By: Anna Majavu
The SA Revenue Service (SARS) has called on women who own micro-enterprises and cross-border traders to blow the whistle on customs officials who sexually harass them and demand bribes. Speaking at a tax webinar for SMMEs, Henson Msongweni, SARS Executive Manager of SMME Traders and Travellers, said SARS had discovered that “women in trade and people in trade with disabilities are somehow the victims within the tax and custom value chain”.
SMME owners had to “know which button to press when they encounter such ugly elements”, Msongweni added. Dr. Tshililo Radzilani, Head of Enterprise Service Charter Champions at SARS, told the audience that women should be freely given a space to conduct trade of their choice at the ports of entry without fear of harassment or prejudice based on gender. “We have heard that many women or any other people of the gender of their choice are ill-treated or mistreated,” said Radzilani, adding that SARS officials should not bully or sexually harass taxpayers who owe them money. “We should not take advantage because they are small businesses, because they are women,” Radzilani said.
New research by Zimbabwean academics Beauty Dzawanda and Mark Matsa of Midlands State University published in the International Journal of Community Well-Being, found that Zimbabwean women cross-border traders buy clothing, footwear and electrical gadgets in Musina or Johannesburg to sell back home. However, they experience poor treatment from border officials “who do not have any urgency when stamping passports for traders”, often taking several hours to allow the traders into South Africa.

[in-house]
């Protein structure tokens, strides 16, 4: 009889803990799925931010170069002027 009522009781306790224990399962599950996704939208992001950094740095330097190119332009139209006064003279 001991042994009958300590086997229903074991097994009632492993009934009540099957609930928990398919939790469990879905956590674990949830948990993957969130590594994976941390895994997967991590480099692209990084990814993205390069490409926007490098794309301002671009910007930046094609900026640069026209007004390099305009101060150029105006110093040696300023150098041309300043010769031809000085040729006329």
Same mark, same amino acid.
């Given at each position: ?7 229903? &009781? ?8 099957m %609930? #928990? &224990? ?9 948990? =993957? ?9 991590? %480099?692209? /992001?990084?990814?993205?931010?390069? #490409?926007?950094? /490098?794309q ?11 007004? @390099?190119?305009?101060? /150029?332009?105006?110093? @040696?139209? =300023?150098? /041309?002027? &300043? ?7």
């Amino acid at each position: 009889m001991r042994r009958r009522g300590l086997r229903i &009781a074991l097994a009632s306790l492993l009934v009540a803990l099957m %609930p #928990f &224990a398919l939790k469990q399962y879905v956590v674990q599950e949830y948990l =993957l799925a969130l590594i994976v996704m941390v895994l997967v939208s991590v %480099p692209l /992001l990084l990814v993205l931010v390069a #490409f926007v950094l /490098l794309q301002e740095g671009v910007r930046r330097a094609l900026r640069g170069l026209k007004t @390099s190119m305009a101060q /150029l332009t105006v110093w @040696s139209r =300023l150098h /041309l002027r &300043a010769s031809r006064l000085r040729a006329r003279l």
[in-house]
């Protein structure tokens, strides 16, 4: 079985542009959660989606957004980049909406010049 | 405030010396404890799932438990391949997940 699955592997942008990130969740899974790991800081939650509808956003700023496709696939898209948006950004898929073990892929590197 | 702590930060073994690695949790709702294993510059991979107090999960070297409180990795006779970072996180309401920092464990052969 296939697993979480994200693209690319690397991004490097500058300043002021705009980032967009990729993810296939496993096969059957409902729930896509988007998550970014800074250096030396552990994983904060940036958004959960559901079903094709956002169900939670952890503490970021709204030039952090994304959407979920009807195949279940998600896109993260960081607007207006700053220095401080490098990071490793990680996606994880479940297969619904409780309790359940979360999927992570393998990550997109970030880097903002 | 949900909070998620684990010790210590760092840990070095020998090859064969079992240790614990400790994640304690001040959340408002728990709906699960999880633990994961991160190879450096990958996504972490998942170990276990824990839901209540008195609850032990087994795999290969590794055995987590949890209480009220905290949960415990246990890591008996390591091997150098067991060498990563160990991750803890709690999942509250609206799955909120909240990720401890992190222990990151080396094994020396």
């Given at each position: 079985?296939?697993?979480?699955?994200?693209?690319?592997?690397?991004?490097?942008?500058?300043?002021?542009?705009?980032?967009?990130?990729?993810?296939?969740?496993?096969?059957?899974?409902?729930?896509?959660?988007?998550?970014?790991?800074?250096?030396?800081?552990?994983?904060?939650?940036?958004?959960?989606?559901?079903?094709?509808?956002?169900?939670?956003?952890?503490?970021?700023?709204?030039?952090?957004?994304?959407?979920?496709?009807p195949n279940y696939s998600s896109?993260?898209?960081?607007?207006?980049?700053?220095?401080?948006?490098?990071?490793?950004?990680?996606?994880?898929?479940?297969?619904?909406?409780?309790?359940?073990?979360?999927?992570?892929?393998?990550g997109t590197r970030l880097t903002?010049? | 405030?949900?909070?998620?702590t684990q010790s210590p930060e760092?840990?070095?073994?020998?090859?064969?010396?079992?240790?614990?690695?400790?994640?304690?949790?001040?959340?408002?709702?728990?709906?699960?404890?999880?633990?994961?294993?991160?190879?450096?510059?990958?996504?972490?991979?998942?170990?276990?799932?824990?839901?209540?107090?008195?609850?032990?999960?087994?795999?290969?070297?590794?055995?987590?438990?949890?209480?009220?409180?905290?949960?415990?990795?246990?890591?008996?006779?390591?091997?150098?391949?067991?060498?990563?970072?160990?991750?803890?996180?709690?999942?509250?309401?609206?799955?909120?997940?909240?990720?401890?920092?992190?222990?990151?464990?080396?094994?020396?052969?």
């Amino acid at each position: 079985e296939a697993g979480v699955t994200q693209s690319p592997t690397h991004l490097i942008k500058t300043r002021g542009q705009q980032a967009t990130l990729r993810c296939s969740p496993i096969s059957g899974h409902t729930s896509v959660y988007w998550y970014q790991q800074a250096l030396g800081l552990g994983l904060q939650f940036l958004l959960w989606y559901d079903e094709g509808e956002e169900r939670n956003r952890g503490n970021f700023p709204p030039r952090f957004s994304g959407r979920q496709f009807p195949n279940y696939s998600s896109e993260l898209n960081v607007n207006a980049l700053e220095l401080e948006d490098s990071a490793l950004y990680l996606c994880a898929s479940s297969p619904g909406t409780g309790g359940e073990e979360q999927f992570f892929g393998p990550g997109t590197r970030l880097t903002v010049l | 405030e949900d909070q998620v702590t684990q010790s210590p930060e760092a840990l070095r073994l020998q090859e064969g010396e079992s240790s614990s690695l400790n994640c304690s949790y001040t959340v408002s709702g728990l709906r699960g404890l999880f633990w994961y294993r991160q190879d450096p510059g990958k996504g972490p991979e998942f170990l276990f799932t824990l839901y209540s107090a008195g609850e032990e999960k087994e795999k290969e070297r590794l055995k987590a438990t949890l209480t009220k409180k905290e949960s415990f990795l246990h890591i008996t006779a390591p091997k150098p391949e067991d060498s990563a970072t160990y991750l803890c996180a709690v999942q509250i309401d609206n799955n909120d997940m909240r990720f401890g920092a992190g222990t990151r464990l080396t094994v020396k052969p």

One participant in the research revealed that traders can go back and forth to South Africa without a passport as long as they each pay a R500 bribe. Women traders who do not have enough money to pay the border bribe cross unofficially at the Limpopo River. They face “high risks of being insulted and raped by robbers and even some of the officials who will be guarding the places like soldiers if you fail to bribe them”, Dzawanda and Matsa found.
Mandisa Mbekeni, who manages gender equality for SARS, said the revenue service was trying to ensure that all state agencies working at border posts “adopt the concept of a gender-based violence (GBV) free environment”. “In most instances when we fall victim to GBV and harassment there is fear attached to this,” she said. Mbekeni and Msongweni have set up a working group for SMMEs owned by women, people with disabilities, and vulnerable groups to have speedier access to SARS officials.
SMMEs who were planning to grill SARS about their problems at the webinar were likely disappointed. While SARS promised a question and answer session, no questions were allowed from the audience. Instead, a SARS official posed scripted questions to other SARS officials.